Sense Home Energy Monitor Adds Carbon Intensity Tracking to its Mobile App

Sense Solar in electric panel with Sensors

October 1, 2021

Sense recently announced that homeowners can use their Sense app to find out when the electricity coming into their home is cleanest or dirtiest and take steps to minimize carbon emissions. Sense debuted a new feature that shows the carbon intensity, a measure of carbon emissions that changes dynamically as the power grid taps different energy sources.

In addition to tracking the home’s carbon usage in real time, the Sense app has a look-ahead view that forecasts the carbon intensity (CI), so users can plan high energy tasks, such as laundry, dishwashing or charging electric vehicles, for times when carbon emissions will be lowest, reducing their home’s overall carbon footprint.

In the app, users can also see a breakdown of the fuel types that are powering the home right now. The energy sources on the utility grid vary widely from region to region, and regions change their fuel mix over the course of a day, creating variations in CI.

The new CI feature is included in the Sense app for the Sense Home Energy Monitor and Sense Solar. It’s also included in all Sense-enabled products, such as the Square D™ edition of the Sense app for the Wiser Energy™ Home Power Monitor and the Square D™ Energy Center from Schneider Electric.

What is Carbon Intensity?
Carbon intensity is simply the amount of carbon dioxide emitted to generate a specific unit of power. The average CI across the country’s utility grid is approximately 1 lb/kWh, which is roughly equivalent to the CI for natural gas. Consumers can lower their overall climate change impact by being aware of CI and shifting energy use to the times when the grid uses more green power.

In most regions of the country, the carbon intensity of electricity generated by utility power plants varies throughout the day. At some times of day, such as when solar and wind are generating lots of power, carbon emissions are low. During other times, power may come from sources that emit more carbon, like coal or natural gas power plants, increasing the carbon intensity of the power on the grid.

In regions that rely primarily on a single, continuous power source, like hydro or natural gas, the carbon intensity varies only slightly, while in others with diverse power sources, the carbon intensity (CI) can rise and fall over the course of a day or week.

How Sense Reduces Carbon Emissions
The variability in CI offers an opportunity for Sense users to actively reduce their own home’s impact on carbon emissions. In the Sense app, users can see their average CI and can see the current CI of the power they are using, which is based on dynamic data from the utility grid’s regional balancing authority. The Sense app also shows a projection of carbon peaks and valleys over the next 12 hours. By scheduling activities when the CI from the grid is lowest, Sense users can reduce their own home’s CI score and impact carbon emissions.

To provide this new functionality, Sense has partnered with Singularity and has integrated with their Carbonara platform for both real-time and projected CI.  Carbonara analyzes and provides carbon intensity data for 30 grid balancing authorities across the country.

The Sense app already has several features that help homeowners reduce their home’s energy usage and carbon footprints, including:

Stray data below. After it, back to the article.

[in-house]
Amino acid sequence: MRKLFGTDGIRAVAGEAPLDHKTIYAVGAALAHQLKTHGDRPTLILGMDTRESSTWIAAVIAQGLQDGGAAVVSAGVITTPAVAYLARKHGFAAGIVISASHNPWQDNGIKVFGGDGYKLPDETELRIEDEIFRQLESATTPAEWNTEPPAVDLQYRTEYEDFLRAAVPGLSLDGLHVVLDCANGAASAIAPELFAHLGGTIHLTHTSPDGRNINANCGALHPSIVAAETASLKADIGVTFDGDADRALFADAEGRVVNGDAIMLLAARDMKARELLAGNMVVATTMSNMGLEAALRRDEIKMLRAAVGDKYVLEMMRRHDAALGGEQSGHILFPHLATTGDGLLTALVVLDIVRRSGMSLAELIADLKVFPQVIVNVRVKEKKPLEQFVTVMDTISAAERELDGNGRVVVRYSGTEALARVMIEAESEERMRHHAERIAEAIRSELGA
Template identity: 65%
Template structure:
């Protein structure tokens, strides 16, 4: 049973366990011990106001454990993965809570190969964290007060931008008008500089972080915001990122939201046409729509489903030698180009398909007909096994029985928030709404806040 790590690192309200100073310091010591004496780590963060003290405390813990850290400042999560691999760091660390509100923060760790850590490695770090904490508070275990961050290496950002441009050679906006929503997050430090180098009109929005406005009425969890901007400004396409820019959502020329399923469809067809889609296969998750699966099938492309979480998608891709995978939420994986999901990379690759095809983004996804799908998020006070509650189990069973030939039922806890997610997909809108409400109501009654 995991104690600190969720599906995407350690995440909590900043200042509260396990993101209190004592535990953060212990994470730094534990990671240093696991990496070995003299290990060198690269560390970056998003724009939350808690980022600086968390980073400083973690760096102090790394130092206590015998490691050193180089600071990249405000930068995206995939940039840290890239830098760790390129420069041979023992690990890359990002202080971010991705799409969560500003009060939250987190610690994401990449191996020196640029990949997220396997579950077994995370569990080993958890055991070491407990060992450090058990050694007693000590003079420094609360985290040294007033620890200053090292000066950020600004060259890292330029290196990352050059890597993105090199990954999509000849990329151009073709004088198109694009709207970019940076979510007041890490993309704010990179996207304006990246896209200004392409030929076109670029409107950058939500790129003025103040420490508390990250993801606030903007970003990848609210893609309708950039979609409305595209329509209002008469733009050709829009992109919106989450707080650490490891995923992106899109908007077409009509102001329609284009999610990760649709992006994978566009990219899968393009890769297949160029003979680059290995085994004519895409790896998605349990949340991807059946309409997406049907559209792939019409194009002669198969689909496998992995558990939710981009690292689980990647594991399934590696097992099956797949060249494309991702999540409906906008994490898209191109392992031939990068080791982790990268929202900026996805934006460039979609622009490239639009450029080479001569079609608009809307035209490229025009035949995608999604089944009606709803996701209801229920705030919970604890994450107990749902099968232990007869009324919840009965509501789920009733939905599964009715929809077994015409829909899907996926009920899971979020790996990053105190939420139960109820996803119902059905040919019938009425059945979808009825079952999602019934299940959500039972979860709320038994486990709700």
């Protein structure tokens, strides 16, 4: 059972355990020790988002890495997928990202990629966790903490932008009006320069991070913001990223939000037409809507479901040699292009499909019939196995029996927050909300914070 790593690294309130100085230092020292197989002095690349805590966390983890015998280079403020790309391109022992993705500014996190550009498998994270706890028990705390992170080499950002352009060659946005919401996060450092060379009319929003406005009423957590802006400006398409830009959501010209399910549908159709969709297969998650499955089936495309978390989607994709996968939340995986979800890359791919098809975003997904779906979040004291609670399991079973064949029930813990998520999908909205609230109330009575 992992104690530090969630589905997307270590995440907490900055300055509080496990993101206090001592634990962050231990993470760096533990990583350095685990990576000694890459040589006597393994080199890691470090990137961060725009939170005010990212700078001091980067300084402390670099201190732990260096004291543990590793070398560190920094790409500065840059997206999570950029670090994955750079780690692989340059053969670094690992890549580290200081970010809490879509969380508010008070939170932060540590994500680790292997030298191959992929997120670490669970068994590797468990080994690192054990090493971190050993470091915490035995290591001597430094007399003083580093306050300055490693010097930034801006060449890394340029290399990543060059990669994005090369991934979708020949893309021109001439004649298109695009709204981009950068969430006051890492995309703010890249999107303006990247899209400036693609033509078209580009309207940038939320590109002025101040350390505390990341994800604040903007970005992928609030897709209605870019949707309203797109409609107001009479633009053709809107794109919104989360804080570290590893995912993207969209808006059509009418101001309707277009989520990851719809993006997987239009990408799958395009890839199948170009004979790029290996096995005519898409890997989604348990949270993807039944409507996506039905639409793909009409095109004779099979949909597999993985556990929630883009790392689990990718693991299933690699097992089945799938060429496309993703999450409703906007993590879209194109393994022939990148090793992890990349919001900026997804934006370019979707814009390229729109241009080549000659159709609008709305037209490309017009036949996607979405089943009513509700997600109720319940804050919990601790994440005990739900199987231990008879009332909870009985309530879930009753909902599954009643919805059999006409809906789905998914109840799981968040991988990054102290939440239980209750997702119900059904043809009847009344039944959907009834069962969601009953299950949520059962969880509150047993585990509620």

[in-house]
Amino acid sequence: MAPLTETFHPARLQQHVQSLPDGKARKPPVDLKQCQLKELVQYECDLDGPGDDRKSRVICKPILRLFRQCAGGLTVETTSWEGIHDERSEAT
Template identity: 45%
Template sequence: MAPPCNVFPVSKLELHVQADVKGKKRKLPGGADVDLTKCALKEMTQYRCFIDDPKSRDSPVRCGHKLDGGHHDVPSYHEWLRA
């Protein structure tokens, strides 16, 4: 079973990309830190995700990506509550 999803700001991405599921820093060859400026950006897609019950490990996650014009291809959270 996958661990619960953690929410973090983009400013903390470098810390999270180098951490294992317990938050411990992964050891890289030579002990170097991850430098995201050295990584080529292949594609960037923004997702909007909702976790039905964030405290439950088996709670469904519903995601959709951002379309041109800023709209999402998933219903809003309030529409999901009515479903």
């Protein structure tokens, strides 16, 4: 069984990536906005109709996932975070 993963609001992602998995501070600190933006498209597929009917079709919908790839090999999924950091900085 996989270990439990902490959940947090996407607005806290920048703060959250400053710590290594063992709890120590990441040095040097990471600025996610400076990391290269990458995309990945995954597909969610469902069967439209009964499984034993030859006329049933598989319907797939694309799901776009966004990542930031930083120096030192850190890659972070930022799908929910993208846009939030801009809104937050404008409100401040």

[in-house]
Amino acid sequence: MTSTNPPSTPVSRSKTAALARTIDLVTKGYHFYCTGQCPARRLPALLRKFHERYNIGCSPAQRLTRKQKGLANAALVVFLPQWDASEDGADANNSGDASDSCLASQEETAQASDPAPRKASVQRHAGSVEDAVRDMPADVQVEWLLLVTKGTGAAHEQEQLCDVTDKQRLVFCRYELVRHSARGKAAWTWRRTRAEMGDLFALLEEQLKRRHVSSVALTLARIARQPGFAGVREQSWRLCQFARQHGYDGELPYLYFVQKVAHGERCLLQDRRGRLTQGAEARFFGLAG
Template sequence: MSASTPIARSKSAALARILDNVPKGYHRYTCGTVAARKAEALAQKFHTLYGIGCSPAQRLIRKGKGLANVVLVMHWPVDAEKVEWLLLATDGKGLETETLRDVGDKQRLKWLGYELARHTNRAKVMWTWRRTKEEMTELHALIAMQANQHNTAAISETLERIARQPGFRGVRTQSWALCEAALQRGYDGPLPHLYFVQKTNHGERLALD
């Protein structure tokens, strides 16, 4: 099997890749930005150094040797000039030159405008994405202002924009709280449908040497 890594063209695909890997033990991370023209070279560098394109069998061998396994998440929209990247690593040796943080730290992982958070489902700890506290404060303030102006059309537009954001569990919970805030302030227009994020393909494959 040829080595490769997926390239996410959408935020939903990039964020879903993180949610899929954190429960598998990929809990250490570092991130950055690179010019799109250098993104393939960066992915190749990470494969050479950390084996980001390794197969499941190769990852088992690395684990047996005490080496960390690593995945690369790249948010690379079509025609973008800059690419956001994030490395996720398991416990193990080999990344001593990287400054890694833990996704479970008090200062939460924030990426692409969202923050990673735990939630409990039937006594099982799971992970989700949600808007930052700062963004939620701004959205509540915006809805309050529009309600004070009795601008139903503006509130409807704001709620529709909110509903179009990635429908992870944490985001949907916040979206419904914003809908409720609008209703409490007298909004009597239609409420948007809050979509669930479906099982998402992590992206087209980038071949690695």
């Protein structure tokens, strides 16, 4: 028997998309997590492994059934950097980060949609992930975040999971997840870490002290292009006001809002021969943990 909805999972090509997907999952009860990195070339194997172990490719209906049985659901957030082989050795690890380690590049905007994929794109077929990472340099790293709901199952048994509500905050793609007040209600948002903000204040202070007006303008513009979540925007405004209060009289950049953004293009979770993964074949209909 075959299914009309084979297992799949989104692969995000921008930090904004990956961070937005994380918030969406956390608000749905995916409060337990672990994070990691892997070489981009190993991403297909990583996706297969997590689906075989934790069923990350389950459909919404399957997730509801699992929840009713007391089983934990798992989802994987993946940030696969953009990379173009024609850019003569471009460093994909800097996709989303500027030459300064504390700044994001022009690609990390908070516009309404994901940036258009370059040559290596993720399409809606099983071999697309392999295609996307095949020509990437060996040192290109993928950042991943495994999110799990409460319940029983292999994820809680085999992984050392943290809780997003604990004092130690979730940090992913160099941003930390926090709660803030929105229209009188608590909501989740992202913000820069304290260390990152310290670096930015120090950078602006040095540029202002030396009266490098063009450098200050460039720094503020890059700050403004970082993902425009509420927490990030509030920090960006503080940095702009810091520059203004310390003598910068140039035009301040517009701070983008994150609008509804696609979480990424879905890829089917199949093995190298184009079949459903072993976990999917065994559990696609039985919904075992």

• Comparison of the home’s HVAC efficiency versus similar homes;
  • Comparison of Always On usage from idle devices such as consumer electronics versus similar homes; Always On uses 23% of the electricity in the average household
  • Alerts when there are significant changes in energy usage;
  • The ability to set goals to match the family’s budget;
  • Sense’s advanced machine learning, which identifies individual devices, including common household gadgets and appliances, tells you if they’re on or off, and reports on their energy usage, so you can find and replace energy hogs;
  • Integrations with smart plugs to track and control devices; and
  • Flex Add-on Sensors for keeping track of energy usage by major appliances.

How Energy Smart Homes Can Address Climate Change
In the future, smart homes will be able to take advantage of these carbon intensity fluctuations automatically by responding to real-time signals from the utility grid. Said Sense CEO Mike Phillips: “Since the Sense app now knows the carbon intensity of power from the grid, we can start to automate activities in the home to take place when carbon intensity is low. For instance, in the future, Sense users will be able to schedule their dishwasher or EV charger to run when the CI is lowest. Smart homes can know the preferences of the residents (for instance, that the EV needs to be charged and ready to drive by 7am) and will take into account CI, energy costs, and constraints of the grid to find the right times to use energy, resulting in carbon and cost reductions and contributing to a more reliable power grid. This becomes increasingly important as we electrify our homes and cars, and as the grid uses more and more renewables.”

 “Homes are on track to become the single-largest consumer of electricity and homeowners realize that many of the resources currently being consumed to produce that electricity are negatively impacting our environment,” said Michael Mahan, Vice President, Home & Distribution North America, Schneider Electric. “Now greater energy intelligence is being built into homes, including smart electrical panels, providing information and tools that allow homeowners to modify their behavior, empowering them to impact change for the betterment of the environment and their electricity bill.”


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